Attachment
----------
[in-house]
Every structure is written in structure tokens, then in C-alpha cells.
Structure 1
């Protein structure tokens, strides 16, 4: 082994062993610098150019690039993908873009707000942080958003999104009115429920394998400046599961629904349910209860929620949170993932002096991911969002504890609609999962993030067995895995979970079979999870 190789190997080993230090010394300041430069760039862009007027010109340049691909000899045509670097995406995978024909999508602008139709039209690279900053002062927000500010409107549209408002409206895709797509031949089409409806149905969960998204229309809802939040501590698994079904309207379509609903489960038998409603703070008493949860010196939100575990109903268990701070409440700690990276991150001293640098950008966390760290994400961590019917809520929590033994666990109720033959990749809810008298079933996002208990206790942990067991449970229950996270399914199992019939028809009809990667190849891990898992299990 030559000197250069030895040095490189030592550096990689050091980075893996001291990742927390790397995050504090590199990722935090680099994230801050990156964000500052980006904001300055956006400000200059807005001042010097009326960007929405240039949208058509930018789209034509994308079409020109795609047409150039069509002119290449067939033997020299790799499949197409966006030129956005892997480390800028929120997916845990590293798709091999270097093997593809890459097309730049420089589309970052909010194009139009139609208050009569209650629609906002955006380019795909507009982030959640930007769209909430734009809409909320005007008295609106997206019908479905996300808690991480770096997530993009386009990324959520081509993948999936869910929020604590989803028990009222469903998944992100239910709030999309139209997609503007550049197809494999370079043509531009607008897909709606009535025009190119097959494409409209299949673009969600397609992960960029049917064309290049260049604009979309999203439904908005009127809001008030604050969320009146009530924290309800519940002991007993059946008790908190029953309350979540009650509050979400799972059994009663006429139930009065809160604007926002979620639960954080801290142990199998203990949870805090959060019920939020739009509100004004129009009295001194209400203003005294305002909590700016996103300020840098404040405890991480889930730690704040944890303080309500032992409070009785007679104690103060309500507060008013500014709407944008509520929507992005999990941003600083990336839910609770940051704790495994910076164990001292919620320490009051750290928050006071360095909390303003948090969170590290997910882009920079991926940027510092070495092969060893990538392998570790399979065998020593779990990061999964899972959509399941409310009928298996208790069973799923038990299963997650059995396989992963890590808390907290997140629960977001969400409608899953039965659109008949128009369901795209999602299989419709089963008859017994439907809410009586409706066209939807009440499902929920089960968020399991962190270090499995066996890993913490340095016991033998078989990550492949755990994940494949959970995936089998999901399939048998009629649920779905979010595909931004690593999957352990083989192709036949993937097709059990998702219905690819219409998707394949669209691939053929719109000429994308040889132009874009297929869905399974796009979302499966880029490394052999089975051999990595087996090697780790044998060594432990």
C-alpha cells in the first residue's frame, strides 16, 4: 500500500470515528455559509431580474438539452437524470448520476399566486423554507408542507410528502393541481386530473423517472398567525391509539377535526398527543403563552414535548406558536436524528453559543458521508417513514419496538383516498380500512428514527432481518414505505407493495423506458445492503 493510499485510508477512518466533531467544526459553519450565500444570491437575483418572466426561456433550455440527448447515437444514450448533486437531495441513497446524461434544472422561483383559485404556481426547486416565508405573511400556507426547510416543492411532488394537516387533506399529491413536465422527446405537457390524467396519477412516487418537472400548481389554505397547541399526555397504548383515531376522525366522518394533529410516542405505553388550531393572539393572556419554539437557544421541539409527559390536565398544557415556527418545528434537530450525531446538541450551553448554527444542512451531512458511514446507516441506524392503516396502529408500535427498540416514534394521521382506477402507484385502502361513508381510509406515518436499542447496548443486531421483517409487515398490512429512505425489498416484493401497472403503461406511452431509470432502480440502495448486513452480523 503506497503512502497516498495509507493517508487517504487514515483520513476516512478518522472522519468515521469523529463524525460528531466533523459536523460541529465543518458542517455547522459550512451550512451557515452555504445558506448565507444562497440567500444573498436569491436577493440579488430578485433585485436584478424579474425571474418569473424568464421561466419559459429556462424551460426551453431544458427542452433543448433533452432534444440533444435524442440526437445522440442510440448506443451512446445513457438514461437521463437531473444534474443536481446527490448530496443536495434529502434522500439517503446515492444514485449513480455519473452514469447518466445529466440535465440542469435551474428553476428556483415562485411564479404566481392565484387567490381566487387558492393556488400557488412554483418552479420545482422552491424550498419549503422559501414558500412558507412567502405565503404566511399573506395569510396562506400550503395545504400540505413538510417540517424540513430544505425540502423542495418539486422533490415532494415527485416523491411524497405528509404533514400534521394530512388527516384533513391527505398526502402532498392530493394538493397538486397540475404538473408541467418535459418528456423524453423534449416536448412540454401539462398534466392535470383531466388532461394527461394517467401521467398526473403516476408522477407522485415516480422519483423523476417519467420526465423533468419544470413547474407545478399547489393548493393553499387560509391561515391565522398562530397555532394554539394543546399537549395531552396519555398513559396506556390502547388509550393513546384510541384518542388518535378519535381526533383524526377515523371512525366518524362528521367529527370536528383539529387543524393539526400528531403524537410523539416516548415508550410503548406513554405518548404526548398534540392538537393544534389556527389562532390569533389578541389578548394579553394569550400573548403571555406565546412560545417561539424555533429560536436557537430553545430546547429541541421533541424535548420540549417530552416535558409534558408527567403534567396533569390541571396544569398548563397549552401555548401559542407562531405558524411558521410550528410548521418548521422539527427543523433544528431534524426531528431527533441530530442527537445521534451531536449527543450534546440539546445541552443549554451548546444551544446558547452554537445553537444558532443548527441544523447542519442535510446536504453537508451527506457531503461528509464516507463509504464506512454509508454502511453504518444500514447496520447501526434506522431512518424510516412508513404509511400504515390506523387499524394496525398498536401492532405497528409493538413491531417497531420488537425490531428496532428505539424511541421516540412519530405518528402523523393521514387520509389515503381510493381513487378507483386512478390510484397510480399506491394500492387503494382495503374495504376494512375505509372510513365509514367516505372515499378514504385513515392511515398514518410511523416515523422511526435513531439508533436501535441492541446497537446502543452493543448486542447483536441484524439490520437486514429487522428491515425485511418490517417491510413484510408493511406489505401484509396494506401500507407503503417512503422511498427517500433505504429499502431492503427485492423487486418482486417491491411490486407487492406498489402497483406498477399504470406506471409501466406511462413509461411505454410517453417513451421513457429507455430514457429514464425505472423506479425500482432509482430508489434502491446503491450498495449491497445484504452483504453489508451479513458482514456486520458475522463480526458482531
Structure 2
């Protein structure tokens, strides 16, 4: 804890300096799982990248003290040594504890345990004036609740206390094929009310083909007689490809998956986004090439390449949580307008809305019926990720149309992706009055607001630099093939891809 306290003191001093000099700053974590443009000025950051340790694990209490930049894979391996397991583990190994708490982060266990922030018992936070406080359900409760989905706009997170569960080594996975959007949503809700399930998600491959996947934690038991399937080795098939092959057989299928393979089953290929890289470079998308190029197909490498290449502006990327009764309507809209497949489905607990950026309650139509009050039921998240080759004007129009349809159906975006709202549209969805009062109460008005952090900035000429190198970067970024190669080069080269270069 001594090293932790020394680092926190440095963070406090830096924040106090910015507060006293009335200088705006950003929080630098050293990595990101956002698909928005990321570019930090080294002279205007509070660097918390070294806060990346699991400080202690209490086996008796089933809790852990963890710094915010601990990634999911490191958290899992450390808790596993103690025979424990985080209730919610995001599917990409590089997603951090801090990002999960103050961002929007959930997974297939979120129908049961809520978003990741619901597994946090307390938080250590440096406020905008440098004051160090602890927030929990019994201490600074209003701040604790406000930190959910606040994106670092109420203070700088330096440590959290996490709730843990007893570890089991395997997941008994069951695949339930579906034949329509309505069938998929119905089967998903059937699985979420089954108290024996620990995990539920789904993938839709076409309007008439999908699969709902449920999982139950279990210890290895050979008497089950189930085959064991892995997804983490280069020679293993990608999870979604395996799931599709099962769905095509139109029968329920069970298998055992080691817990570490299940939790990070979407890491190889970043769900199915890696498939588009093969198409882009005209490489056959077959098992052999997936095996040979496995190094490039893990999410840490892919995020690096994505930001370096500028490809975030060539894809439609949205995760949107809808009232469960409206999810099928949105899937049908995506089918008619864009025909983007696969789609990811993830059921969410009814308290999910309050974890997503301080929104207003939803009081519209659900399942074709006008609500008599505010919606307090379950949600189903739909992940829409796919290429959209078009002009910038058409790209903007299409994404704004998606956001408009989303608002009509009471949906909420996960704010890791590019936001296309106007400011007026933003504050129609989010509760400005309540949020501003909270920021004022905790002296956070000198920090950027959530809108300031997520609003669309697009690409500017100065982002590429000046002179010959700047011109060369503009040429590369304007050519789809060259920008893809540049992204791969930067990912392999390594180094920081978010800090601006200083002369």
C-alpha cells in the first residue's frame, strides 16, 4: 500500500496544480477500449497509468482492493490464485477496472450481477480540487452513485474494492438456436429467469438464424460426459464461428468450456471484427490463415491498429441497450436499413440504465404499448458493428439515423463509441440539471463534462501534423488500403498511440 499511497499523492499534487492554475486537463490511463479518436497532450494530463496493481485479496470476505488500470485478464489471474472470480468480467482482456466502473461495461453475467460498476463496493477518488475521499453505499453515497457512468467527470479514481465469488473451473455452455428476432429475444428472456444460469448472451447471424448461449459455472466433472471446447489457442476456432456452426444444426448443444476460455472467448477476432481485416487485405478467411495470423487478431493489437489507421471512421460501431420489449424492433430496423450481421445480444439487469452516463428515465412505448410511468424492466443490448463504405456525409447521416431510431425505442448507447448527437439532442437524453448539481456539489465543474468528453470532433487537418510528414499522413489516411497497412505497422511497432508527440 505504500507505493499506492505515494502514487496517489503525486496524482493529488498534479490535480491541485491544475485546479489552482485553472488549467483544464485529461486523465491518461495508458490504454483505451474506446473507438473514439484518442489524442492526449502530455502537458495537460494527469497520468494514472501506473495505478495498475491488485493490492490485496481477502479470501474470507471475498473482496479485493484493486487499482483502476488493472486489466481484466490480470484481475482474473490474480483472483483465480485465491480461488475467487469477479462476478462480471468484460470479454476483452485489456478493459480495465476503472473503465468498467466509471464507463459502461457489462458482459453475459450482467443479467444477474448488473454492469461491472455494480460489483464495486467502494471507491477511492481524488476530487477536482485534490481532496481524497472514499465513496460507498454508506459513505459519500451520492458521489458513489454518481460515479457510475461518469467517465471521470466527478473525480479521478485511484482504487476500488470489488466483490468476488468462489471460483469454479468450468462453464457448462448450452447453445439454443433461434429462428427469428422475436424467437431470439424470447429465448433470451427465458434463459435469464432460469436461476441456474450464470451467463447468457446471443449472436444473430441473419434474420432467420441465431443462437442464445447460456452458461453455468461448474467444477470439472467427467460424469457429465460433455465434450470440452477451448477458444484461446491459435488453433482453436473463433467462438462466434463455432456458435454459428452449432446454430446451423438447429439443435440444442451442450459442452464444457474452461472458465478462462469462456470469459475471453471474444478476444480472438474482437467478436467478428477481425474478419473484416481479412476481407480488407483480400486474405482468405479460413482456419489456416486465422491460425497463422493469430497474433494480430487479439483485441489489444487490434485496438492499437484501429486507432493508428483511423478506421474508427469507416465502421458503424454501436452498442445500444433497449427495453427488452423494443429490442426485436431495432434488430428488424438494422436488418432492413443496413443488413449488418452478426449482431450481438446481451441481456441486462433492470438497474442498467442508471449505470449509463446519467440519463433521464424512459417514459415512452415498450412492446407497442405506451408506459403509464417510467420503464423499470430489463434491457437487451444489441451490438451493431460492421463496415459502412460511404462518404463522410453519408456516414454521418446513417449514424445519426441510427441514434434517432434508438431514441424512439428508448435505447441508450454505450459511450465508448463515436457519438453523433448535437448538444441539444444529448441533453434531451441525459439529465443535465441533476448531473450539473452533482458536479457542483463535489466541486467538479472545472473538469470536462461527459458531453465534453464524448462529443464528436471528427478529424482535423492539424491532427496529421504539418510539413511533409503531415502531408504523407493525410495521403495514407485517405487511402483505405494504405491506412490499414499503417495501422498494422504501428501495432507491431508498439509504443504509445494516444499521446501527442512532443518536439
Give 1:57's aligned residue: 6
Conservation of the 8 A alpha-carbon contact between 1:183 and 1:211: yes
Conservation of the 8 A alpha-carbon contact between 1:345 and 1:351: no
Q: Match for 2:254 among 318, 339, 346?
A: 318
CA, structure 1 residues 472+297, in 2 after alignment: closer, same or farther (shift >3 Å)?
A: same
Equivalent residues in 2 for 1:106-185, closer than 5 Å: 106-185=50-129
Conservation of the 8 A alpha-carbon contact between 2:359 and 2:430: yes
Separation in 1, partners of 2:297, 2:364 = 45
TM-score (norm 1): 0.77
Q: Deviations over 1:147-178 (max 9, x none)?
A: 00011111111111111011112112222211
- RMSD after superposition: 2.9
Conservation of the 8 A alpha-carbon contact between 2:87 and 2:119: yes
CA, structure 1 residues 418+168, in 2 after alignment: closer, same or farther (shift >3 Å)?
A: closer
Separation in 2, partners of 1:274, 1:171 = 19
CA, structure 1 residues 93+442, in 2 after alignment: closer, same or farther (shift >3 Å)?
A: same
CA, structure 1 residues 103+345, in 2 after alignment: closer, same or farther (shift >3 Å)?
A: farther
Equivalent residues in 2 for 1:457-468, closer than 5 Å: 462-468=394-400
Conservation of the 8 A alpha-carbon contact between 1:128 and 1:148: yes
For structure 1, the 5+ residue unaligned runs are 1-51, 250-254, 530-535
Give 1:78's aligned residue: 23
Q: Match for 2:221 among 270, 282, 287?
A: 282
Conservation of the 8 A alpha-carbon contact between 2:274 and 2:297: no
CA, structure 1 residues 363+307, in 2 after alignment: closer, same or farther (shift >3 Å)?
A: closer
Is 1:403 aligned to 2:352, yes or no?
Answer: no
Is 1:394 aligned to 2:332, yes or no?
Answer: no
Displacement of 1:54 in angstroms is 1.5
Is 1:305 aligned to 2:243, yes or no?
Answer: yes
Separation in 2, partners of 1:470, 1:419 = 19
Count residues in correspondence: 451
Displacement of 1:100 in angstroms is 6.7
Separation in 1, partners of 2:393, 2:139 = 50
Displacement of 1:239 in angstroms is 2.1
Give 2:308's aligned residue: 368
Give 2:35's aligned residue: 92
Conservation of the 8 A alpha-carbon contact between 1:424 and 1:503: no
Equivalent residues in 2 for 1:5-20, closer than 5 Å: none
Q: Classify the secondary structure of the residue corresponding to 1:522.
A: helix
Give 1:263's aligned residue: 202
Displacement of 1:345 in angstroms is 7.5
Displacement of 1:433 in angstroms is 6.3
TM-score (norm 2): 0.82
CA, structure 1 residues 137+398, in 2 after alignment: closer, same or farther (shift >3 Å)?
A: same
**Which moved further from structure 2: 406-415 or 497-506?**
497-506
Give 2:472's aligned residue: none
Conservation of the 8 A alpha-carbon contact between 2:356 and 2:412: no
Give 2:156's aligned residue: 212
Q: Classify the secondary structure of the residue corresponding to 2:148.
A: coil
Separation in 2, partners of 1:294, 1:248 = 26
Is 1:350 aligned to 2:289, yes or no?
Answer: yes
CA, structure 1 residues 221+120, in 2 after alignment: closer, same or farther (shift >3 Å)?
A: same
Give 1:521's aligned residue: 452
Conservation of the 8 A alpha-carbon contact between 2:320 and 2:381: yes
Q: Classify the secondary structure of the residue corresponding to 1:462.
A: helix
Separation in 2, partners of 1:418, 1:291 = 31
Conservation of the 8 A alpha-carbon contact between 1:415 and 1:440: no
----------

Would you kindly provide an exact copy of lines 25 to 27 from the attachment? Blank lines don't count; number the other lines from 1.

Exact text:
A: closer
Separation in 2, partners of 1:274, 1:171 = 19
CA, structure 1 residues 93+442, in 2 after alignment: closer, same or farther (shift >3 Å)?